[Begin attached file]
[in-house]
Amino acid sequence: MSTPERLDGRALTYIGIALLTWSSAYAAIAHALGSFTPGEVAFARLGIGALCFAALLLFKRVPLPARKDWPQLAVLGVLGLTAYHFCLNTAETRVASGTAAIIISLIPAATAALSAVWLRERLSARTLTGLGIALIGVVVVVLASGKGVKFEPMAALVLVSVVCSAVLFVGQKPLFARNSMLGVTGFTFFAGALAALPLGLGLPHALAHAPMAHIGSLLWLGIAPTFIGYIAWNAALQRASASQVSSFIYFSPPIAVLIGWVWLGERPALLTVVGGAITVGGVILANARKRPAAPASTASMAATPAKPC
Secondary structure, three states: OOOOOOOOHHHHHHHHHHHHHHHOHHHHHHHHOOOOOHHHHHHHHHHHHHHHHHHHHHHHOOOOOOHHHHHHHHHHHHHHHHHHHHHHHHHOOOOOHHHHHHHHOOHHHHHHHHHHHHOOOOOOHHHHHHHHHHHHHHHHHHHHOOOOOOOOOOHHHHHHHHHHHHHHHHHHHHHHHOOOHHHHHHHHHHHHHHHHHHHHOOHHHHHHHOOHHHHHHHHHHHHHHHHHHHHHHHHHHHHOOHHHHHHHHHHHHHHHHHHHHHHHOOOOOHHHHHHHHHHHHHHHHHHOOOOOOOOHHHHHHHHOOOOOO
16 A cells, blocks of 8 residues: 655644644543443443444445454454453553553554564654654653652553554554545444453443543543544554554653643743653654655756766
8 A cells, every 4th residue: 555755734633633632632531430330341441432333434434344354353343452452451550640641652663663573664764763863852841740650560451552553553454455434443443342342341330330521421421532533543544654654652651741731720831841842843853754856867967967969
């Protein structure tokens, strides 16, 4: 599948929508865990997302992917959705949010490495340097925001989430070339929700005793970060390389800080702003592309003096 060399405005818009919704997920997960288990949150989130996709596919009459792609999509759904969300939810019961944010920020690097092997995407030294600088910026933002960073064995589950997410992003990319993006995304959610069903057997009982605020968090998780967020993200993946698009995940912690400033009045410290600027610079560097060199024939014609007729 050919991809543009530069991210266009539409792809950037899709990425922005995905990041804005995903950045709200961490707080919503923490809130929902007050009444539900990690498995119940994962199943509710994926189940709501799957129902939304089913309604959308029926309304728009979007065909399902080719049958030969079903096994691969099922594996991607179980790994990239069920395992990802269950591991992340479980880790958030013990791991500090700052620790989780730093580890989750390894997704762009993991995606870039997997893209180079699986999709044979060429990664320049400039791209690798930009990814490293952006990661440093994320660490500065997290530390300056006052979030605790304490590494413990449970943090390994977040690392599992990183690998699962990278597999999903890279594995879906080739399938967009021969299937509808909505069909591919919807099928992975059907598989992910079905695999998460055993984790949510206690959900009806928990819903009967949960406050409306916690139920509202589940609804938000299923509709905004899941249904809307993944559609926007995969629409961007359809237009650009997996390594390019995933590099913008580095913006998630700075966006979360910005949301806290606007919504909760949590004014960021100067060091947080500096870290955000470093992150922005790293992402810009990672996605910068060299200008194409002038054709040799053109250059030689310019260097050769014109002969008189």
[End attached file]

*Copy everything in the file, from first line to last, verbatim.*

[in-house]
Amino acid sequence: MSTPERLDGRALTYIGIALLTWSSAYAAIAHALGSFTPGEVAFARLGIGALCFAALLLFKRVPLPARKDWPQLAVLGVLGLTAYHFCLNTAETRVASGTAAIIISLIPAATAALSAVWLRERLSARTLTGLGIALIGVVVVVLASGKGVKFEPMAALVLVSVVCSAVLFVGQKPLFARNSMLGVTGFTFFAGALAALPLGLGLPHALAHAPMAHIGSLLWLGIAPTFIGYIAWNAALQRASASQVSSFIYFSPPIAVLIGWVWLGERPALLTVVGGAITVGGVILANARKRPAAPASTASMAATPAKPC
Secondary structure, three states: OOOOOOOOHHHHHHHHHHHHHHHOHHHHHHHHOOOOOHHHHHHHHHHHHHHHHHHHHHHHOOOOOOHHHHHHHHHHHHHHHHHHHHHHHHHOOOOOHHHHHHHHOOHHHHHHHHHHHHOOOOOOHHHHHHHHHHHHHHHHHHHHOOOOOOOOOOHHHHHHHHHHHHHHHHHHHHHHHOOOHHHHHHHHHHHHHHHHHHHHOOHHHHHHHOOHHHHHHHHHHHHHHHHHHHHHHHHHHHHOOHHHHHHHHHHHHHHHHHHHHHHHOOOOOHHHHHHHHHHHHHHHHHHOOOOOOOOHHHHHHHHOOOOOO
16 A cells, blocks of 8 residues: 655644644543443443444445454454453553553554564654654653652553554554545444453443543543544554554653643743653654655756766
8 A cells, every 4th residue: 555755734633633632632531430330341441432333434434344354353343452452451550640641652663663573664764763863852841740650560451552553553454455434443443342342341330330521421421532533543544654654652651741731720831841842843853754856867967967969
């Protein structure tokens, strides 16, 4: 599948929508865990997302992917959705949010490495340097925001989430070339929700005793970060390389800080702003592309003096 060399405005818009919704997920997960288990949150989130996709596919009459792609999509759904969300939810019961944010920020690097092997995407030294600088910026933002960073064995589950997410992003990319993006995304959610069903057997009982605020968090998780967020993200993946698009995940912690400033009045410290600027610079560097060199024939014609007729 050919991809543009530069991210266009539409792809950037899709990425922005995905990041804005995903950045709200961490707080919503923490809130929902007050009444539900990690498995119940994962199943509710994926189940709501799957129902939304089913309604959308029926309304728009979007065909399902080719049958030969079903096994691969099922594996991607179980790994990239069920395992990802269950591991992340479980880790958030013990791991500090700052620790989780730093580890989750390894997704762009993991995606870039997997893209180079699986999709044979060429990664320049400039791209690798930009990814490293952006990661440093994320660490500065997290530390300056006052979030605790304490590494413990449970943090390994977040690392599992990183690998699962990278597999999903890279594995879906080739399938967009021969299937509808909505069909591919919807099928992975059907598989992910079905695999998460055993984790949510206690959900009806928990819903009967949960406050409306916690139920509202589940609804938000299923509709905004899941249904809307993944559609926007995969629409961007359809237009650009997996390594390019995933590099913008580095913006998630700075966006979360910005949301806290606007919504909760949590004014960021100067060091947080500096870290955000470093992150922005790293992402810009990672996605910068060299200008194409002038054709040799053109250059030689310019260097050769014109002969008189």